PGF/TikZ Manual

The TikZ and PGF Packages
Manual for version 3.1.9a

Libraries

54 Fitting Library

  • TikZ Library fit

  • \usetikzlibrary{fit} % and plain
    \usetikzlibrary[fit] % Cont

    The library defines (currently only two) options for fitting a node so that it contains a set of coordinates.

When you load this library, the following options become available:

  • /tikz/fit=coordinates or nodes(no default)

  • This option must be given to a node path command. The coordinates or nodes should be a sequence of TikZ coordinates or node names, one directly after the other without commas (like with the plot coordinates path operation). Examples are (1,0) (2,2) or (a) (1,0) (b), where a and b are nodes.

    For this sequence of coordinates, a minimal bounding box is computed that encompasses all the listed coordinates or nodes. For coordinates in the list, the bounding box is guaranteed to contain this coordinate, for nodes it is guaranteed to contain the east, west, north and south anchors of the node. In principle (the details will be explained in a moment), things are now set up such that the text box of the node will be exactly this bounding box.

    Here is an example: We fit several points in a rectangular node. By setting the inner sep to zero, we see exactly the text box of the node. Then we fit these points again in a circular node. Note how the circle encompasses exactly the same bounding box.

    (-tikz- diagram)

    \usetikzlibrary {fit}
    \begin{tikzpicture}[inner sep=0pt,thick,
    dot/.style={fill=blue,circle,minimum size=3pt}]
    \draw[help lines] (0,0) grid (3,2);
    \node[dot] (a) at (1,1) {};
    \node[dot] (b) at (2,2) {};
    \node[dot] (c) at (1,2) {};
    \node[dot] (d) at (1.25,0.25) {};
    \node[dot] (e) at (1.75,1.5) {};

    \node[draw=red, fit=(a) (b) (c) (d) (e)] {box};
    \node[draw,circle,fit=(a) (b) (c) (d) (e)] {};
    \end{tikzpicture}

    Every time the fit option is used, the following style is also applied to the node:

    • /tikz/every fit(style, initially empty)

    • Set this style to change the appearance of a node that uses the fit option.

    The exact effects of the fit option are the following:

    • 1. A minimal bounding box containing all coordinates is computed. Note that if a coordinate like (a) is used that contains a node name, this has the same effect as explicitly providing the (a.north) and (a.south) and (a.west) and (a.east). If you wish to refer only to the center of the a node, use (a.center) instead.

    • 2. The text width option is set to the width of this bounding box.

    • 3. The align=center option is set.

    • 4. The anchor is set to center.

    • 5. The at position of the node is set to the center of the computed bounding box.

    • 6. After the node has been typeset, its height and depth are adjusted such that they add up to the height of the computed bounding box and such that the text of the node is vertically centered inside the box.

    The above means that, generally speaking, if the node contains text like box in the above example, it will be centered inside the box. It will be difficult to put the text elsewhere, in particular, changing the anchor of the node will not have the desired effect. Instead, what you should do is to create a node with the fit option that does not contain any text, give it a name, and then use normal nodes to add text at the desired positions. Alternatively, consider using the label or pin options.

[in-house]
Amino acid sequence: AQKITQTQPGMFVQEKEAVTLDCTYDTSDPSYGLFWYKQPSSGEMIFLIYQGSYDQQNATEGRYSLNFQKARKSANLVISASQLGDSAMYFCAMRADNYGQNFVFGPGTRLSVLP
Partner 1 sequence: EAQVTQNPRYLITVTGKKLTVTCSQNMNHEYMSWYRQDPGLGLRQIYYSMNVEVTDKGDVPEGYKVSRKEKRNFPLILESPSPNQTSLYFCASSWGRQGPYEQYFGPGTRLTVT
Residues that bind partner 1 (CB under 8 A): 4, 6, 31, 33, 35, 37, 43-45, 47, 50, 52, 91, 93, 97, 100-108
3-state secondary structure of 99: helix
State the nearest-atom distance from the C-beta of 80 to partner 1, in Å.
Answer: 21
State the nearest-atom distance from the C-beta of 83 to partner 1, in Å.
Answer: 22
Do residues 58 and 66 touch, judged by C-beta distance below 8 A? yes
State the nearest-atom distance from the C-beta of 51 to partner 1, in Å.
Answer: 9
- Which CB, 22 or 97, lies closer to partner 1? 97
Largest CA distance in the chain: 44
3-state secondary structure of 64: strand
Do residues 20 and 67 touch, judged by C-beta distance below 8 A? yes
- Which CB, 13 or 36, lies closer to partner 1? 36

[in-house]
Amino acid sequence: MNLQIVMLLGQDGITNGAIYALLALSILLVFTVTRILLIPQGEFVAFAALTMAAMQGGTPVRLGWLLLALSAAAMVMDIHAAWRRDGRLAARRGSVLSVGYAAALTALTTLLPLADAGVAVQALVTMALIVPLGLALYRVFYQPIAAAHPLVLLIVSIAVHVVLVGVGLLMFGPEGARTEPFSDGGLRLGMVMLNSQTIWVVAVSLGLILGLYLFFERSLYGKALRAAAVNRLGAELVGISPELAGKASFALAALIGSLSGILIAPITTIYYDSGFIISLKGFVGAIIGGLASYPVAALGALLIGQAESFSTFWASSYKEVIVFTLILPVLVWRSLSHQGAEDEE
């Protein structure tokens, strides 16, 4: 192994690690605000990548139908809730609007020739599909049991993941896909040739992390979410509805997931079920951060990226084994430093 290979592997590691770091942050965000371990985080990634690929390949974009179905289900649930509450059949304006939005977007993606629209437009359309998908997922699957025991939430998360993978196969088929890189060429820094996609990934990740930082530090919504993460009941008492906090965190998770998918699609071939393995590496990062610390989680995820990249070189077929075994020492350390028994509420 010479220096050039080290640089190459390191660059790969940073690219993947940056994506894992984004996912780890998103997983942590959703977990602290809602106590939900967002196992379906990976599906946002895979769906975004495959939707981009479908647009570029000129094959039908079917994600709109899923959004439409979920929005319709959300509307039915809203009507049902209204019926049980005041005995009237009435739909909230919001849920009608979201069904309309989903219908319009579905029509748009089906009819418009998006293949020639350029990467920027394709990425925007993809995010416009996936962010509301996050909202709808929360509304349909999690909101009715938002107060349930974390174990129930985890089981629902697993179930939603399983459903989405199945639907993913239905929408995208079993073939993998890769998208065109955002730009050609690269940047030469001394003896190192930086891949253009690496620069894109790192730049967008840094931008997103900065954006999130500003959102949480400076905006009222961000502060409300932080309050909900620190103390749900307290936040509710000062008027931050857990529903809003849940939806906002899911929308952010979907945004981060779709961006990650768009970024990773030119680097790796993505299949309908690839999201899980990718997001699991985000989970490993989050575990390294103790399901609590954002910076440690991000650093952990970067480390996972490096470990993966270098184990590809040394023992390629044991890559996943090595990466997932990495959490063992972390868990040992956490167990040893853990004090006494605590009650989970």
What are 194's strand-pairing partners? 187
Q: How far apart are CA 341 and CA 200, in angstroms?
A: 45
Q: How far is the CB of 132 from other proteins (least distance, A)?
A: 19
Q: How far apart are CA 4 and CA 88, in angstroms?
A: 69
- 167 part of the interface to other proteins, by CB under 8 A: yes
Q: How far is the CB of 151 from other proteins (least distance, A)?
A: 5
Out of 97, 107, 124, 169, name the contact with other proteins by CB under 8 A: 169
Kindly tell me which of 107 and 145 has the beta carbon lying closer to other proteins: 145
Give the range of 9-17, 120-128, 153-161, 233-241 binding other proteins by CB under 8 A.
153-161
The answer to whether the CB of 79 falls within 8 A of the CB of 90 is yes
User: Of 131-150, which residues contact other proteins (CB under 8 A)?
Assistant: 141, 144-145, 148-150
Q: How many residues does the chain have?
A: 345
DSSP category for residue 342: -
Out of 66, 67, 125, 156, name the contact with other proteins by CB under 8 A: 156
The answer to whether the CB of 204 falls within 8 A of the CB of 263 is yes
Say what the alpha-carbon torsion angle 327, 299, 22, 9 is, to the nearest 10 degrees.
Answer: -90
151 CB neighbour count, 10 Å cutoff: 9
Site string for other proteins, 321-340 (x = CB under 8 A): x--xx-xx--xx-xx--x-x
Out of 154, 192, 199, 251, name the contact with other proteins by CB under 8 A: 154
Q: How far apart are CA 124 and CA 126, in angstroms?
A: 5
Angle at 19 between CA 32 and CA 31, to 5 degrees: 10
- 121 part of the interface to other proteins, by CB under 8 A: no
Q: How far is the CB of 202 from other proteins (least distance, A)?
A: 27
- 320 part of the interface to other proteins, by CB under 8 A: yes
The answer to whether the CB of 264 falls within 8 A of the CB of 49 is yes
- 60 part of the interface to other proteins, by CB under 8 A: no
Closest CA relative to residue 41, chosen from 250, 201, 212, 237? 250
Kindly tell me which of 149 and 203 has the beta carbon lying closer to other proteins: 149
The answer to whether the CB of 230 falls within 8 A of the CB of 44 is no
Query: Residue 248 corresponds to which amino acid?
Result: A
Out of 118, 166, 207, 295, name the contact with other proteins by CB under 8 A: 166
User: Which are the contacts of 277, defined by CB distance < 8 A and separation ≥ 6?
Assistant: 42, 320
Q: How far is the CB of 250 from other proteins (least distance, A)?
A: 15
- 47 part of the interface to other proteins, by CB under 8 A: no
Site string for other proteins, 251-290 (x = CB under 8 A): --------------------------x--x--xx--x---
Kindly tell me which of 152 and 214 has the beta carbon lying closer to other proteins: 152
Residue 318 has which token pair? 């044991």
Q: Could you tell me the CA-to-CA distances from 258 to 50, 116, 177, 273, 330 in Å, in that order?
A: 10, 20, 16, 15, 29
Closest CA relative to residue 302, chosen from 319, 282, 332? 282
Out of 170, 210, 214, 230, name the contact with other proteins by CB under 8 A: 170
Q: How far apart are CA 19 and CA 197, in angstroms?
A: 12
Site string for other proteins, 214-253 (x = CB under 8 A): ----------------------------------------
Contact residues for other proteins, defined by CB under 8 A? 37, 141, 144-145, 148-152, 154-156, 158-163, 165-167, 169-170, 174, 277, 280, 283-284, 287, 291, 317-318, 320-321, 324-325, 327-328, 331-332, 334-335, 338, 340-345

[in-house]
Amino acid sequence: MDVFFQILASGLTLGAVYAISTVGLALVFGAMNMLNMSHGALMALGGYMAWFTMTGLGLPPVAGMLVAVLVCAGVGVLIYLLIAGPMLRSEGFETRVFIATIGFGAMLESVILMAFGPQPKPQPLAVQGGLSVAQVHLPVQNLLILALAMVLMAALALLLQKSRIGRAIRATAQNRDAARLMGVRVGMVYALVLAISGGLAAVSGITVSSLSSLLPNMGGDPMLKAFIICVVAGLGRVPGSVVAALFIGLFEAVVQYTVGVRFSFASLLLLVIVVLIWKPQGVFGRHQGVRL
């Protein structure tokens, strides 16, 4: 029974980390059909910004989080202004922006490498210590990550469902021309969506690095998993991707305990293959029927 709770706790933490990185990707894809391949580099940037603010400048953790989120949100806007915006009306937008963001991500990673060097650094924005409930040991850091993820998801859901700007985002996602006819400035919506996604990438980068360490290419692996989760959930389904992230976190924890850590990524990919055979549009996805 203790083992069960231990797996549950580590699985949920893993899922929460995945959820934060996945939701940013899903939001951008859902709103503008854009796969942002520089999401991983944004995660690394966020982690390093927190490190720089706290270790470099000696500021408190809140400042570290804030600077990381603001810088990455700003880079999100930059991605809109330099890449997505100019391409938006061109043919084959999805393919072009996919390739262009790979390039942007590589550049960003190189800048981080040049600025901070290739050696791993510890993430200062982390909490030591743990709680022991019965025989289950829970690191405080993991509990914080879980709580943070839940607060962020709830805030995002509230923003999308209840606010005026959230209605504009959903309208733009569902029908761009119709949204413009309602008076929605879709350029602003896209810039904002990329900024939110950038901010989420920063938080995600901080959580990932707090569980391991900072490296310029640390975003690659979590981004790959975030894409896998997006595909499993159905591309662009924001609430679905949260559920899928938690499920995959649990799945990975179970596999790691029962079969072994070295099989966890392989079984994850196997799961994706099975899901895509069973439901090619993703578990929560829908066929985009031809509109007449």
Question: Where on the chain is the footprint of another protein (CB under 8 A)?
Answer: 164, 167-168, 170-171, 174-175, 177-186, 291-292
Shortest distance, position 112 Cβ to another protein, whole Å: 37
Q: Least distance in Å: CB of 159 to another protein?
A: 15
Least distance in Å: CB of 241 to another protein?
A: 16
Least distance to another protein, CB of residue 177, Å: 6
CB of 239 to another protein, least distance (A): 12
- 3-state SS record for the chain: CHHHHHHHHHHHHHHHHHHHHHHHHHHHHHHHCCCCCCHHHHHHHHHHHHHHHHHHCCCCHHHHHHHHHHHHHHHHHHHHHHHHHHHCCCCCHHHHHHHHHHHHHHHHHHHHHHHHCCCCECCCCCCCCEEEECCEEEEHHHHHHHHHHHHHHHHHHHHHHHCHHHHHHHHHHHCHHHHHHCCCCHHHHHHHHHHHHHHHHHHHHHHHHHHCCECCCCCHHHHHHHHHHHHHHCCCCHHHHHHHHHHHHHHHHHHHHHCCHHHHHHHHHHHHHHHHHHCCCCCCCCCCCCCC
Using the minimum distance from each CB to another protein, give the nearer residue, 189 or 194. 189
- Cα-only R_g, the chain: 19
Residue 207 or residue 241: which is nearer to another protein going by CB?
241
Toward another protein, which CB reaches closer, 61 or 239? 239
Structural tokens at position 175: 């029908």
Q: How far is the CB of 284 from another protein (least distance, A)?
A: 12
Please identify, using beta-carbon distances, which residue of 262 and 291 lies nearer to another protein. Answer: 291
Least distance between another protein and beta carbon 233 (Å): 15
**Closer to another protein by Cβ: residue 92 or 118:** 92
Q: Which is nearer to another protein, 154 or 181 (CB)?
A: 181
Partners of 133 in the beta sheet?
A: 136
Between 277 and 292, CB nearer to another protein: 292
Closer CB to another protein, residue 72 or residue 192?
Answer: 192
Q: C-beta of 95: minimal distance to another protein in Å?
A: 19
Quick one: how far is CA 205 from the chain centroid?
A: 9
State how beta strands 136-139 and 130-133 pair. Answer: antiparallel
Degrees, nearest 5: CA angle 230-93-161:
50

Suppose, for instance, that in the above example we want the word “box” to appear inside the box, but at its top. This can be achieved as follows:

    (-tikz- diagram)

    \usetikzlibrary {fit}
    \begin{tikzpicture}[inner sep=0pt,thick,
    dot/.style={fill=blue,circle,minimum size=3pt}]
    \draw[help lines] (0,0) grid (3,2);
    \node[dot] (a) at (1,1) {};
    \node[dot] (b) at (2,2) {};
    \node[dot] (c) at (1,2) {};
    \node[dot] (d) at (1.25,0.25) {};
    \node[dot] (e) at (1.75,1.5) {};

    \node[draw=red,fit=(a) (b) (c) (d) (e)] (fit) {};
    \node[below] at (fit.north) {box};
    \end{tikzpicture}

    Here is a real-life example that uses fitting:

    (-tikz- diagram)

    \usetikzlibrary {fit,shapes.geometric}
    \begin{tikzpicture}
    [vertex/.style={minimum size=2pt,fill,draw,circle},
    open/.style={fill=none},
    sibling distance=1.5cm,level distance=.75cm,
    every fit/.style={ellipse,draw,inner sep=-2pt},
    leaf/.style={label={[name=#1]below:$#1$}},auto]

    \node [vertex] (root) {}
    child { node [vertex,open] {}
    child { node [vertex,open] {}
    child { node [vertex] (b's parent) {}
    child { node [vertex] {}
    child { node [vertex,leaf=d] {} }
    child { node [vertex,leaf=e] {} } }
    child { node [vertex,leaf=b] {} } }
    child { node [vertex,leaf=a] {} } }
    child { node [coordinate] {}
    child[missing]
    child { node [vertex] (f's parent) {}
    child { node [vertex,leaf=c] {} }
    child { node [vertex,leaf=f] {} } } }
    edge from parent node {$\rho$} };

    \node [fit=(d) (e) (b) (b's parent),label=above left:$F^{(b,R)}$] {};
    \node [fit=(c) (f) (f's parent),label=above right:$F^{(c,R)}$] {};
    \end{tikzpicture}